Enabling Security for Small and Medium Sized Government Agencies

Government agencies, whether they are federal, state, or local, have a high standard to uphold when it comes to security. While some government agencies enjoy the manpower, budget, and logistics of a large enterprise, there are many government agencies that operate a lot like SMBs (small and medium sized businesses). They have limited IT staff and budget, and are chronically pressed for time. However, they have the same public duty to protect citizen’s data and confidentiality, so the security implications are just as important to the SMGA (small and medium sized government agencies) as they are to large government organizations.

While the SMGA faces many of the same technical, logistical, and staffing challenges as traditional SMBs, security is one of the toughest aspects for the SMGAs to handle. Issues such as resources, budget constraints and a lack of specialized security talent are an ever-present problem.

Staff charged with developing, deploying, and maintaining an IT infrastructure for an SMGA, need to be pretty good generalists. Larger organizations can afford to have staff that are highly specialized in certain fields, but SMGAs require a small IT staff to be familiar with networking, server maintenance, storage, backups, web development, and more. The SMGA has to put together a small, talented staff that can handle a bit of everything.

To many an SMGA, security remains a dark art. Not only is it a field that involves a high degree of specialization, but is one perceived to be out of reach for many. Information within the field of security often seems to be available to only those in the know. It can often be perceived (sometimes deserved) that security technicians and engineers are secretive, difficult, and unapproachable. However, the only thing more terrifying than dealing with a security expert who seems only too happy to show you your ignorance, is having client data pilfered by hackers. So, the SMGA needs to make security a priority, no matter how difficult the field may be perceived.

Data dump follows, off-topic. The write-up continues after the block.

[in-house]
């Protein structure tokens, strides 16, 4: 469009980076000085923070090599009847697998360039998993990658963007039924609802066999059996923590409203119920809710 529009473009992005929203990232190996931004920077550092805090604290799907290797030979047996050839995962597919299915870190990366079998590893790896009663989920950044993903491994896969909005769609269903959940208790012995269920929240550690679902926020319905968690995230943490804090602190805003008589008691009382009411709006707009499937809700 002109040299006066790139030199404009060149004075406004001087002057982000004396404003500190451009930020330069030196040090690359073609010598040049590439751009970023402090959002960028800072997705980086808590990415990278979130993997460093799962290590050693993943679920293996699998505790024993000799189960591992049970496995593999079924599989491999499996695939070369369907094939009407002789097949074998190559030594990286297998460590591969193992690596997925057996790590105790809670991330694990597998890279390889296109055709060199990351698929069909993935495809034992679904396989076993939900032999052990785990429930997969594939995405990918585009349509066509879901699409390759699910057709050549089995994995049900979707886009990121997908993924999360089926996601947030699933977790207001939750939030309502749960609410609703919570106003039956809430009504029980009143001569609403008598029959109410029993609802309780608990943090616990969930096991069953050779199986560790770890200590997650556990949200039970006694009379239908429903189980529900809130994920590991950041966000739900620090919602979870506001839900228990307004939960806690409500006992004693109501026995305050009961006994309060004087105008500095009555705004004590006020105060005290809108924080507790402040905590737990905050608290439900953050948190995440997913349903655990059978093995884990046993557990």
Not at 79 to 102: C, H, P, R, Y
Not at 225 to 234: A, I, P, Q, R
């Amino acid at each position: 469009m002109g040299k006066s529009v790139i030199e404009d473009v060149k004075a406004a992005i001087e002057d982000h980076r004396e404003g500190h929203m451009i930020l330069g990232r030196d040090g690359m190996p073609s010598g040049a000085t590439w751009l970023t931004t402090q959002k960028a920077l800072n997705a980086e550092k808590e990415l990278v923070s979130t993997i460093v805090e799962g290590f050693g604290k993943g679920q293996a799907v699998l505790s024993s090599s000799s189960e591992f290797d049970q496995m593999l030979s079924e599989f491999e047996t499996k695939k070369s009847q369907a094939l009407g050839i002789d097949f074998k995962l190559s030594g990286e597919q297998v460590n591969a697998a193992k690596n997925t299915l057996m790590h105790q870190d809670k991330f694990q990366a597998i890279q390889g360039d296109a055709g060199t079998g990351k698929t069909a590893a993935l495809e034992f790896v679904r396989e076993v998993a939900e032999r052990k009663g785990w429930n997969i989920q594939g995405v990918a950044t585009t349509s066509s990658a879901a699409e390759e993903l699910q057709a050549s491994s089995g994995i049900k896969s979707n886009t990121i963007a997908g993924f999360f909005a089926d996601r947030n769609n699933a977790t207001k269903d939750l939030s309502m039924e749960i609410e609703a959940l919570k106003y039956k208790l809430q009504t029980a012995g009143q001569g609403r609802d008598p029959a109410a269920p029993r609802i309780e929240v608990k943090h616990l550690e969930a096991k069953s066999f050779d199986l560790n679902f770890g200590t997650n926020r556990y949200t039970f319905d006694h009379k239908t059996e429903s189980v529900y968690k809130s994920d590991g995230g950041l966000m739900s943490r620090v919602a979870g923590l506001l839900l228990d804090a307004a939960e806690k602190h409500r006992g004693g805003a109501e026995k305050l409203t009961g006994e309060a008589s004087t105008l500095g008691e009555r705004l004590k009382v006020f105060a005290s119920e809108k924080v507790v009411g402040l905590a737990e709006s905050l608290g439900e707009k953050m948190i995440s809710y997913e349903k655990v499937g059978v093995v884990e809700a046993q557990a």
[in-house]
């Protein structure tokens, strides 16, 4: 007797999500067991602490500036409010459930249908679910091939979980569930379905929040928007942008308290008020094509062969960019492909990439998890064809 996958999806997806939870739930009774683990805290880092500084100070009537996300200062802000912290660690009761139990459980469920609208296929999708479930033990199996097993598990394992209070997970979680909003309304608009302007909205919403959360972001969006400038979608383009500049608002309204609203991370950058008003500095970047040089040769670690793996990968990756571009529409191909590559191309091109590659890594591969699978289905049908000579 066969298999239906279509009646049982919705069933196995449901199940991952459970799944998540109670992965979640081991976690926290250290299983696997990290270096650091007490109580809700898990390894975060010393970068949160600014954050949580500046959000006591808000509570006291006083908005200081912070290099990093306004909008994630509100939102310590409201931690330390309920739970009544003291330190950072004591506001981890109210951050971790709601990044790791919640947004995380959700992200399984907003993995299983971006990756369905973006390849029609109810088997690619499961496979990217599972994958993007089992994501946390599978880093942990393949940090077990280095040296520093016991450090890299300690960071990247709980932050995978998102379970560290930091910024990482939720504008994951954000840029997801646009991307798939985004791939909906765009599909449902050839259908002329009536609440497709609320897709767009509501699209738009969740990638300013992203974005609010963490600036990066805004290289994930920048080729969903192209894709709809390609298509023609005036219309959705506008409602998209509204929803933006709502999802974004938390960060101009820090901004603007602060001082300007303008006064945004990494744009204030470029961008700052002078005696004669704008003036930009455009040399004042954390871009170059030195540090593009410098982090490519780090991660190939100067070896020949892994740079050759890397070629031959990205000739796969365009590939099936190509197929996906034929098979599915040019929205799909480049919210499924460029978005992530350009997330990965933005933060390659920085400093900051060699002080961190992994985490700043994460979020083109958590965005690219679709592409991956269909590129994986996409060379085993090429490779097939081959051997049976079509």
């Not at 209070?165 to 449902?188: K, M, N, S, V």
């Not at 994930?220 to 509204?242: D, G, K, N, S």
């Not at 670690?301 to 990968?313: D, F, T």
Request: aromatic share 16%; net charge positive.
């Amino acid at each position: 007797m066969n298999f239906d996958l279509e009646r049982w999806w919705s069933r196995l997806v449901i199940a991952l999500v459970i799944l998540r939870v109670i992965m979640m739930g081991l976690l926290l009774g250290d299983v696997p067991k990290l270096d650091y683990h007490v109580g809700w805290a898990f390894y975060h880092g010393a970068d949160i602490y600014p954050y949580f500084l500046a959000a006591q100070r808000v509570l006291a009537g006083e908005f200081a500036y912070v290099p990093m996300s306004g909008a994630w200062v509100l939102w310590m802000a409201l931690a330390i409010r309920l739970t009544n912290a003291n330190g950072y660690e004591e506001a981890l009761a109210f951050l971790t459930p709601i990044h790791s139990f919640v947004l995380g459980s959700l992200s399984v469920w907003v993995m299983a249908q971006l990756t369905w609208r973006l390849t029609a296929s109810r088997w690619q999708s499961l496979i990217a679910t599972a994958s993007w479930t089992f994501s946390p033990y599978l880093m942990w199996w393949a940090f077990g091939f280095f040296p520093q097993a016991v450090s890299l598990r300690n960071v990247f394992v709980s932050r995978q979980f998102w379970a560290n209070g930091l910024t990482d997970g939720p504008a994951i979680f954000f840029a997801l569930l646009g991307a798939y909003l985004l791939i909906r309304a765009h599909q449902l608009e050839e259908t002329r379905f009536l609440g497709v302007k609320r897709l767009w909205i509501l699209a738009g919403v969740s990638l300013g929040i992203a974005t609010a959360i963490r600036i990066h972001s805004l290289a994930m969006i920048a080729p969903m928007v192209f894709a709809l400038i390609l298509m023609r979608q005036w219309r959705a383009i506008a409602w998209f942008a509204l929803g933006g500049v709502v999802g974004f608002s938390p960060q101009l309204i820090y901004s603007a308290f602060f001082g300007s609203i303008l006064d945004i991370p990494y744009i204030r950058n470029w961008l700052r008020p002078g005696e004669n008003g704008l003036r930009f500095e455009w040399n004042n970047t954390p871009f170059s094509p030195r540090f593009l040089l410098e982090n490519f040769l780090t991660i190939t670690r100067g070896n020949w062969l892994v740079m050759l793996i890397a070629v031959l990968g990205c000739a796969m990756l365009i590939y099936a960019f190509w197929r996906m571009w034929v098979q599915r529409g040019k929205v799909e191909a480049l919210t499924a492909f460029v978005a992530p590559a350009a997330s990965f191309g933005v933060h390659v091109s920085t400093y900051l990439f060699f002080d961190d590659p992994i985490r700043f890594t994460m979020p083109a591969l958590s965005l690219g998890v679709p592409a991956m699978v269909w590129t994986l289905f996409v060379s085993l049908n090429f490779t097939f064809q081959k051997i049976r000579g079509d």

A Brief History of Security


SMGAs, and indeed large enterprises, have long relied upon traditional firewalls for security. Traditional firewalls work on Layer 4 of the OSI stack, which is the layer that corresponds to an IP address and a TCP or UDP port. The IP address denotes the server, and the port typically denotes the type of service (web server, mail server, etc.).

A traditional firewall protects a site in a couple of ways. First, it only allows connections for services that are authorized. A server might be running a web service as well as a remote login service, but you only want the web service to be accessible to the rest of the world. A firewall would prevent public access to other unauthorized services.

This protection is important as there was a time when many of the site attacks were through this unintended access. Superfluous services, such as the old Finger protocol, provided an attack vector allowing intruders to obtain administrator access to a device without even logging in locally.

When an attacker is able to gain administrator access from outside your network without local access, it is known as the dreaded “remote exploit”.

While traditional firewalls have helped prevent this by reducing the number of attack vectors available, would-be attackers have adjusted their tactics. More exploits have been discovered in available services, and services have been used in ways that were never intended, in order to gain access to local networks and systems. It has become necessary not just to lock the doors, but to patrol the hallways of the network, so to speak.

Keeping the web server patches updated has helped mitigate this issue, as have dutiful code audits by the various web server vendors (Apache, Microsoft, etc.). However, the landscape is always changing.

It used to be that the simple act of serving up a file was the primary function of the web. Web pages were largely static, and there wasn’t a great deal of user interaction, but the web has dramatically evolved.

The web application has emerged. Instead of static pages with limited uses, developers have created dynamic pages with nearly unlimited uses. This has greatly improved the ability for the web to provide useful and, indeed, necessary services. CNN.com, Facebook, and webmail are all examples of web applications. Virtually all of the Internet is dynamic now, as just about anything useful on the Internet right now is a web application, instead of a simple web page. The term web page is rarely used now.